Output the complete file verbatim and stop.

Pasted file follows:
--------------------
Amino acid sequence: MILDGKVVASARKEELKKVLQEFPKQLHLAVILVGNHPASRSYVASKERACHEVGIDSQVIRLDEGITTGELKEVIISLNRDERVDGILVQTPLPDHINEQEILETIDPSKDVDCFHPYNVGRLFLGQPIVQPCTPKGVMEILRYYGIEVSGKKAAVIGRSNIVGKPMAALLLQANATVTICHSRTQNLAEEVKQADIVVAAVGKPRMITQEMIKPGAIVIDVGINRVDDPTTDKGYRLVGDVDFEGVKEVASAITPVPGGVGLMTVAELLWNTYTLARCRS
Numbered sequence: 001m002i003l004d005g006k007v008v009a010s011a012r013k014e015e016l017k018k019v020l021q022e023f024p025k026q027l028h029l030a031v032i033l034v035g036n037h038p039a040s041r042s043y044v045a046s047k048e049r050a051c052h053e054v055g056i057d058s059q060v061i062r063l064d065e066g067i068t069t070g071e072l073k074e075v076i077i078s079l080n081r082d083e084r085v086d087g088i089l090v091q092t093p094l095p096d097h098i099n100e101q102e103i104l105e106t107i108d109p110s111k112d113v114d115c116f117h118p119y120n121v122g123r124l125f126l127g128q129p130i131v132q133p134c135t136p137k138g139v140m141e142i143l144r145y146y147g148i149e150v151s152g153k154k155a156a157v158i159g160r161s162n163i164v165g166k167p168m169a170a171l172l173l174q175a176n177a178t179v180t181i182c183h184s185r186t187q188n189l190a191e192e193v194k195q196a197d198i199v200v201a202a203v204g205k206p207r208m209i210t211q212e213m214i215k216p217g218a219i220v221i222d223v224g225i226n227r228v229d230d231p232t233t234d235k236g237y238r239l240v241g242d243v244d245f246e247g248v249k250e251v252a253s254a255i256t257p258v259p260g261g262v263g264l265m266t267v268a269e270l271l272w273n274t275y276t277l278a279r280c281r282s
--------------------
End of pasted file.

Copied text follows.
Amino acid sequence: MILDGKVVASARKEELKKVLQEFPKQLHLAVILVGNHPASRSYVASKERACHEVGIDSQVIRLDEGITTGELKEVIISLNRDERVDGILVQTPLPDHINEQEILETIDPSKDVDCFHPYNVGRLFLGQPIVQPCTPKGVMEILRYYGIEVSGKKAAVIGRSNIVGKPMAALLLQANATVTICHSRTQNLAEEVKQADIVVAAVGKPRMITQEMIKPGAIVIDVGINRVDDPTTDKGYRLVGDVDFEGVKEVASAITPVPGGVGLMTVAELLWNTYTLARCRS
Numbered sequence: 001m002i003l004d005g006k007v008v009a010s011a012r013k014e015e016l017k018k019v020l021q022e023f024p025k026q027l028h029l030a031v032i033l034v035g036n037h038p039a040s041r042s043y044v045a046s047k048e049r050a051c052h053e054v055g056i057d058s059q060v061i062r063l064d065e066g067i068t069t070g071e072l073k074e075v076i077i078s079l080n081r082d083e084r085v086d087g088i089l090v091q092t093p094l095p096d097h098i099n100e101q102e103i104l105e106t107i108d109p110s111k112d113v114d115c116f117h118p119y120n121v122g123r124l125f126l127g128q129p130i131v132q133p134c135t136p137k138g139v140m141e142i143l144r145y146y147g148i149e150v151s152g153k154k155a156a157v158i159g160r161s162n163i164v165g166k167p168m169a170a171l172l173l174q175a176n177a178t179v180t181i182c183h184s185r186t187q188n189l190a191e192e193v194k195q196a197d198i199v200v201a202a203v204g205k206p207r208m209i210t211q212e213m214i215k216p217g218a219i220v221i222d223v224g225i226n227r228v229d230d231p232t233t234d235k236g237y238r239l240v241g242d243v244d245f246e247g248v249k250e251v252a253s254a255i256t257p258v259p260g261g262v263g264l265m266t267v268a269e270l271l272w273n274t275y276t277l278a279r280c281r282s